Soil cultivation

Soil cultivation operations are typically carried out to prepare a site for seed germination, seedling survival and early growth [8], but can also be carried out to facilitate access after harvesting activities or to reduce wildfire risk. Operations may include:
Scarification: an operation that removes the upper organic layers to uncover the bare soil, as well as competing vegetation [9] to create desirable planting spots in mineral soils or in mixed-organic soils, improving temperature, nutrient availability and moisture status [9].
Subsoiling or ripping: a surface treatment applied in case of dry soils or compacted surface layer, which restricts the root growth and plant development. This practice fractures soil structure without mixing the soil horizons.
Mounding: an operation that creates elevated planting spots free from water logging and with low weed competition [10].
Drainage: an operation that, through the establishment of ditches or other techniques, seeks to improve the terrain water drainage.
Fertilization: the process of applying fertilizer to the soil to improve growth in forest stands. While the average annual rates of fertilizer application per hectare are generally low, the amounts and types per application could be similar to volumes used in agriculture [11]. The application of fertilizers is common in nurseries and (containerized) planting material.

Major decisions involved in forest management and the associated silvicultural operations, modified from Duncker et al. (2012)

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Disc trenching in Finland

Photo by P.J. Verkerk


Share of peat and peat topped soils (0–30cm), %

Silviculture on peatlands is more challenging than in non-peated mineral soil sites. It is due to a high soil water content and deficiencies of primary soil nutrients such as phosphorus, potassium, and micronutrients.

Both features impact tree growth and survivability and need to be addressed in forest management. The peat soil also has a loose peat structure that complicates forest operations.

Sources:Montanarella, L., Jones, R. J., & Hiederer, R. (2006). The distribution of peatland in Europe
Jones, R.J., Hiederer, R., Rusco, E. and Montanarella, L., 2005. Estimating organic carbon in the soils of Europe for policy support. European Journal of Soil Science, 56(5), pp.655-671

Application of chemical agents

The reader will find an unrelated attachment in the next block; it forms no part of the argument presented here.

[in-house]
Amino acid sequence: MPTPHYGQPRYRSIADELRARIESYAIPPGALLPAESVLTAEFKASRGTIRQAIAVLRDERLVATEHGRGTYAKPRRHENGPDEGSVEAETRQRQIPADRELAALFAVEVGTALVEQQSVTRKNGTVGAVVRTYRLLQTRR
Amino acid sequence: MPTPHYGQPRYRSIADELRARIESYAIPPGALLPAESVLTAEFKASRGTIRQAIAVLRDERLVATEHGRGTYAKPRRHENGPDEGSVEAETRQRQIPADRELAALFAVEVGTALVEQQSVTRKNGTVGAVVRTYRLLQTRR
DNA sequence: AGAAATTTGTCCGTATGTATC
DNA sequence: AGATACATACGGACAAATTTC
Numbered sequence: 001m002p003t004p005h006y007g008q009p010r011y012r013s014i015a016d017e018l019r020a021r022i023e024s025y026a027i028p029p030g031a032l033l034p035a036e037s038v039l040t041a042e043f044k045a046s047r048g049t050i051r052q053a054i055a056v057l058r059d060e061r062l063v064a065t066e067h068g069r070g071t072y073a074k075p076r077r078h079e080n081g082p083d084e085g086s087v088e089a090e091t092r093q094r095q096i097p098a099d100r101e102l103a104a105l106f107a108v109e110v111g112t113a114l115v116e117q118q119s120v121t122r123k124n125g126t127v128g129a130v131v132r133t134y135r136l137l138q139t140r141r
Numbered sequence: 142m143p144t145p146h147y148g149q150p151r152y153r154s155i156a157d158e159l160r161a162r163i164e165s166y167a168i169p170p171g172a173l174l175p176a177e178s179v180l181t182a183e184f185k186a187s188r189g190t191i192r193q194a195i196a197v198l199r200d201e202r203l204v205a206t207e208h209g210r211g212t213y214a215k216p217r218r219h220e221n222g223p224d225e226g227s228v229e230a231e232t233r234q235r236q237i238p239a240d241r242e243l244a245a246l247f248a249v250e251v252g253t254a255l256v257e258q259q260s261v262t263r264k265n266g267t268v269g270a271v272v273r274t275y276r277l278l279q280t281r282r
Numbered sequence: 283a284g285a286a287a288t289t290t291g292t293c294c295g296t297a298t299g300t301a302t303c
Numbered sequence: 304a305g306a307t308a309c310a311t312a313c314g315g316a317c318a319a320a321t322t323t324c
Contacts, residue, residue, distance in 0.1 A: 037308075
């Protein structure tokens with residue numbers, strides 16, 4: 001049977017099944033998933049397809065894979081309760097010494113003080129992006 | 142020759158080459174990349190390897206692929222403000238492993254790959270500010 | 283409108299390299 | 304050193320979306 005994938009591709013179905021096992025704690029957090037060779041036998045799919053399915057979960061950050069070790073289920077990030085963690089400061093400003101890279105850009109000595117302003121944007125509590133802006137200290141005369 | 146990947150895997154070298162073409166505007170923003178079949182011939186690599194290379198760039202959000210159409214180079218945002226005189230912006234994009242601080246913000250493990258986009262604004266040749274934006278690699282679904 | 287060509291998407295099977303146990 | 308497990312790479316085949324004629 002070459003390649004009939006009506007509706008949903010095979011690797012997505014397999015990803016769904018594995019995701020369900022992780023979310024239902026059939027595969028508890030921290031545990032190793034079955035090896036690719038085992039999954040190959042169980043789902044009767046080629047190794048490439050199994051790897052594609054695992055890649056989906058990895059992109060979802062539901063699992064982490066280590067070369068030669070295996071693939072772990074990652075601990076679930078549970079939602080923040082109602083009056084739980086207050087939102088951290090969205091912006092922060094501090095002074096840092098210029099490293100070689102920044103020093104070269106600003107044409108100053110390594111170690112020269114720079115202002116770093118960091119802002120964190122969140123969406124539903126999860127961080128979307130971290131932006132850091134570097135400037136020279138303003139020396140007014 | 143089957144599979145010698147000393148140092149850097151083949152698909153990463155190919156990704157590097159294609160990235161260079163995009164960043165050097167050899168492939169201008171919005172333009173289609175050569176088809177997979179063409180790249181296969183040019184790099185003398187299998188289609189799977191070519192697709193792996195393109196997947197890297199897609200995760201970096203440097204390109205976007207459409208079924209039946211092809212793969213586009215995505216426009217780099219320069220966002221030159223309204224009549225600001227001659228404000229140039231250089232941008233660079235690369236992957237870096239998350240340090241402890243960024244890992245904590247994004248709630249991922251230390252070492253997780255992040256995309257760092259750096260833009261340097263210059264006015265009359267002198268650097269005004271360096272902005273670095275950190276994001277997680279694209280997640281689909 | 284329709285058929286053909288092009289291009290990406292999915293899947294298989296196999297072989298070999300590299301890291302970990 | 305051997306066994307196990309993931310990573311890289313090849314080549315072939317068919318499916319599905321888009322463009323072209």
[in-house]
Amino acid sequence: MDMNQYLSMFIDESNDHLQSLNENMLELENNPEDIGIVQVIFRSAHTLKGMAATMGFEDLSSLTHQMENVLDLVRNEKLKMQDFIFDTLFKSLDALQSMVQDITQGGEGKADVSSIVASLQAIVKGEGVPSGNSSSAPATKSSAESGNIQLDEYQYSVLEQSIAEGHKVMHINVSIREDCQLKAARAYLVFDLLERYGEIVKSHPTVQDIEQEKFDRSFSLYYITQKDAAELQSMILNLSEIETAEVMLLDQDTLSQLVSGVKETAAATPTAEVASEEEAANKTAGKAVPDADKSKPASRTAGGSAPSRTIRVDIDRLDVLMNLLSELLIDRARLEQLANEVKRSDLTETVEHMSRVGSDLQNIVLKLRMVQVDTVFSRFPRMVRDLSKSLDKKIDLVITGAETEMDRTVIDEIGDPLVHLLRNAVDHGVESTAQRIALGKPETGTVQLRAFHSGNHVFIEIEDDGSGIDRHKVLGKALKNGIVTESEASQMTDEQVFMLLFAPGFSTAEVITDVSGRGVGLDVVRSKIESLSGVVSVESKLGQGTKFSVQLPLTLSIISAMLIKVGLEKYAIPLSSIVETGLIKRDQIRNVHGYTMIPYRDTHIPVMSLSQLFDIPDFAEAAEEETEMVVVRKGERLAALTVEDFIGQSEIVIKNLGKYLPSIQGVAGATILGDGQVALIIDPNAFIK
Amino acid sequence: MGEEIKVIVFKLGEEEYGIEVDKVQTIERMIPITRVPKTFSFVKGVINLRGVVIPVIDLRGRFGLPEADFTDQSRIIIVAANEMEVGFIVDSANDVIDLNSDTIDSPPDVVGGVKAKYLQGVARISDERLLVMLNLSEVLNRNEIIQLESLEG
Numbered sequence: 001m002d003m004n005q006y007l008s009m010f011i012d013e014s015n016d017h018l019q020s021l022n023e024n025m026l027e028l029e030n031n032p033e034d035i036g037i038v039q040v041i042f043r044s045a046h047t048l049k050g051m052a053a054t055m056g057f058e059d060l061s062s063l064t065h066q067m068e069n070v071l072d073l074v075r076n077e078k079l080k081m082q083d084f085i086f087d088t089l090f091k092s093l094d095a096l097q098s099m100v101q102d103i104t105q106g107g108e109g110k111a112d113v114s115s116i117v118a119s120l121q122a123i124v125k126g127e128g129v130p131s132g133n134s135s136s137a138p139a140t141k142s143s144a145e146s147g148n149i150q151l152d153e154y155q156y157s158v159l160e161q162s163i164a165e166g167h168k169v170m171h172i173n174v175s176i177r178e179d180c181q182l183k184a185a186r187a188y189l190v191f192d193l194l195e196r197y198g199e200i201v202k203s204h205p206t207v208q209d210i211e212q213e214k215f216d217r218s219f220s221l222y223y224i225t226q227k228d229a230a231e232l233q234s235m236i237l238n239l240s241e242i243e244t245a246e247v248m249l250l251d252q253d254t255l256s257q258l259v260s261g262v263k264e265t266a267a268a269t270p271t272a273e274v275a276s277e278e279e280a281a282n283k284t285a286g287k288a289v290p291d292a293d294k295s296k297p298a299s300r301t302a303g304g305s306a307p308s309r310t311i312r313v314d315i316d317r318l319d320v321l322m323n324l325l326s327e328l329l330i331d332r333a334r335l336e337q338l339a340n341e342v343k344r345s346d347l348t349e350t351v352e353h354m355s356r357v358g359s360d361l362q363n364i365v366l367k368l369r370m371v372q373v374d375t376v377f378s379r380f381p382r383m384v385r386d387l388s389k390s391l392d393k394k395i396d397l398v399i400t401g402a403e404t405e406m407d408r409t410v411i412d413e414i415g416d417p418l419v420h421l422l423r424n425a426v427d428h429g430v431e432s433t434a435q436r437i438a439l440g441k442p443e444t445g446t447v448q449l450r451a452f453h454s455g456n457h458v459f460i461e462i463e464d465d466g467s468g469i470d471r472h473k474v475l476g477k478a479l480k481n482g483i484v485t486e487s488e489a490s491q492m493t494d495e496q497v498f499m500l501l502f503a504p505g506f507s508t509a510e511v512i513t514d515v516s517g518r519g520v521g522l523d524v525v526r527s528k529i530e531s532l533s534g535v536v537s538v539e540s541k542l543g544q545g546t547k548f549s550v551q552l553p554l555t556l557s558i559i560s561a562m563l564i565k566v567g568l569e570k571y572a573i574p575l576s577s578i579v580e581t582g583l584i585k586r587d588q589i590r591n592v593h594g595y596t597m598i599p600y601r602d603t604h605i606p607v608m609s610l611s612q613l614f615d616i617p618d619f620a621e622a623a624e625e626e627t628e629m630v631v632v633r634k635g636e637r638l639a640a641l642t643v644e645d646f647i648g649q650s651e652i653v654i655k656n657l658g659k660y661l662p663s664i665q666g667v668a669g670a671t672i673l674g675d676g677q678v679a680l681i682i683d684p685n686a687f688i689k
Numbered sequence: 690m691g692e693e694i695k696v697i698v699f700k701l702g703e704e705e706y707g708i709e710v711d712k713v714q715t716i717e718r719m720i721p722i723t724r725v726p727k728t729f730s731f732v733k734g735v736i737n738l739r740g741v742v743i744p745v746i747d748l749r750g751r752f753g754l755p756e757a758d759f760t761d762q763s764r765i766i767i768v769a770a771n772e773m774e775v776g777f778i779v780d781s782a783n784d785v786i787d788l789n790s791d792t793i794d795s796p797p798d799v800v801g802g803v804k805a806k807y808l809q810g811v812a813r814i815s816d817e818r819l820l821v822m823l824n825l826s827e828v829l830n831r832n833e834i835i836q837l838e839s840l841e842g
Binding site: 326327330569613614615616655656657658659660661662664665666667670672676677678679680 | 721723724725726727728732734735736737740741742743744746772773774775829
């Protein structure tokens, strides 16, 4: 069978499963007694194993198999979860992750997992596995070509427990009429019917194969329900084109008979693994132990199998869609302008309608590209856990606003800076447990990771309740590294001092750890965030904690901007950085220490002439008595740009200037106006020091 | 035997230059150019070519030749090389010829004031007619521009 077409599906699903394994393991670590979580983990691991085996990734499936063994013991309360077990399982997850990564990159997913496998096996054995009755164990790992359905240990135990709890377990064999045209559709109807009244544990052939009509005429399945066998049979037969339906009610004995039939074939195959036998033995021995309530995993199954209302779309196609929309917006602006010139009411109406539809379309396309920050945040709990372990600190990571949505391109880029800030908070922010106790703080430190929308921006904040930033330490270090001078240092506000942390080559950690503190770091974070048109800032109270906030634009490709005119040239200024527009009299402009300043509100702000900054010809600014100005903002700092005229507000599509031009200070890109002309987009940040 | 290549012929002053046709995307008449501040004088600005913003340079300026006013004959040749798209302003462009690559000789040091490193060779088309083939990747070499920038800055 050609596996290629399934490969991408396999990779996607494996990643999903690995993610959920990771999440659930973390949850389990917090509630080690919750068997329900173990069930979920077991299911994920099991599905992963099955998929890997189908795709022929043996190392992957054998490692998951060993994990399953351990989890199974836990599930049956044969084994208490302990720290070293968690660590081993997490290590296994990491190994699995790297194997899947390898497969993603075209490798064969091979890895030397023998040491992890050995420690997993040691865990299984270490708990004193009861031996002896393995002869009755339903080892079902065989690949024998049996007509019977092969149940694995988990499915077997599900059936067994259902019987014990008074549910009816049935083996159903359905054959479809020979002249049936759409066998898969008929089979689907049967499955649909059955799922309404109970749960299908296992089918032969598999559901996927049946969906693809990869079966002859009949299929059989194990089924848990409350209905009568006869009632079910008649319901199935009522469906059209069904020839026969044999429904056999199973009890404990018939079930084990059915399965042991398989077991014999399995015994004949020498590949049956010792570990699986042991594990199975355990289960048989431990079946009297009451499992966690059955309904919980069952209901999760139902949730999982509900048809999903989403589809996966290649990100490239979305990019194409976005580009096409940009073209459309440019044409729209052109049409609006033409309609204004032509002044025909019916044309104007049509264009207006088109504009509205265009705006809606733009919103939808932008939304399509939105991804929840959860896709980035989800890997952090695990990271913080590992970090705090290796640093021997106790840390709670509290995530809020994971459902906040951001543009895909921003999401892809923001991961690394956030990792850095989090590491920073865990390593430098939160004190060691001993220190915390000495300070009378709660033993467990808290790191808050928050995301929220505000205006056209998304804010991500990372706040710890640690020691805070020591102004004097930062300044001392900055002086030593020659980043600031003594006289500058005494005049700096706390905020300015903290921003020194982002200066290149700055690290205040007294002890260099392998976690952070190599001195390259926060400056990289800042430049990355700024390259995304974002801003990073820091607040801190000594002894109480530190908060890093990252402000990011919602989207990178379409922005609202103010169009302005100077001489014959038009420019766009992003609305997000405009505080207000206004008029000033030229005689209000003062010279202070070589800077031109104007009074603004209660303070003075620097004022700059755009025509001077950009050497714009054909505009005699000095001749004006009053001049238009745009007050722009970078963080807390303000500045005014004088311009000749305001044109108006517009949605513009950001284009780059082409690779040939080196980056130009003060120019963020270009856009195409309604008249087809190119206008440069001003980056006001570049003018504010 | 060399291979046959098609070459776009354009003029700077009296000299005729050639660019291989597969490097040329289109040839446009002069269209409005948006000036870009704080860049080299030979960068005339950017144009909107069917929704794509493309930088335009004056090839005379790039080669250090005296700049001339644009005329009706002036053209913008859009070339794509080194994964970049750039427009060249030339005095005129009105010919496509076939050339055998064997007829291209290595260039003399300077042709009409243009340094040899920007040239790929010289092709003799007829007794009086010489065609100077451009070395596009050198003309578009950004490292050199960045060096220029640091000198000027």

The application of chemical agents refers to the use of chemical substances to reduce or prevent competition or pests that may negatively affect the establishment and development of a stand. The use of pesticides in European forestry appears to be limited [17] and significantly less than in agriculture. Available information on 13 European countries in 2009 indicates that the use of pesticides and herbicides ranges from 0.0002 to 0.69 kg active ingredient per ha/yr over the whole forest area in these countries, with a tendency of lower rates in northern countries [18]. The amount per application ranges between 0.1 and 2.2 kg active ingredient per ha/ yr [18].

Pesticide and herbicide use in 13 European countries in 2009.

 

Note the logarithmic scale on the y-axis.

Integration of biodiversity conservation

The integration of biodiversity conservation refers to the extent that forest dependent species and habitats, as well as natural processes are considered in the management of forests. Nature protection is implemented by protecting designated forest features or by integrating nature protection objectives in the multifunctional management of forests. The difference between these two complementary strategies may, however, not always be clear as protected forests may be actively managed, and managed forests may include sites that are voluntarily or temporarily protected.

Management decisions related to biodiversity protection in managed forests also include decisions on for example naturalness of tree species composition, type of regeneration and harvest regimes.

Forest protection

In the EU, 25 M ha were protected for biodiversity purposes in 2015, corresponding to 11% of total forests areas of these countries. The extent of protected forests for biodiversity and landscape purposes has increased in Europe between 2000 and 2015 and especially the area protected with active management has increased [4].

Area, and share of forest managed for biodiversity by country in 2015, kha

Source: ForestEurope protected forests

Biodiversity conservation in managed forests

Biodiversity conservation in managed forests is typically arranged by forest management certification schemes and national or regional forestry guidelines. Existing guidelines and certification standards typically include a range of measures to integrate biodiversity conservation in forest management, including maintenance of deadwood and habitat trees, and tree retention by leaving single trees, groups of trees and buffer zones surrounding waterbodies.

The Forest Stewardship Council (FSC) and the Program for Endorsement of Forest Certification (PEFC) are the most common international certification standards in Europe. In 2019, about 36 M ha was certified by FSC [19] and 70 M ha by PEFC [20]. About 21 M ha was certified both by PEFC and FSC in 2016 and the double certified area increased to 26 M ha in 2019 in 17 European countries [21].

Proportion of forest area certified according to FSC or PEFC certification standards in 2020, %

 

The Integrate Network is actively working on integrating nature conservation into sustainable forest management.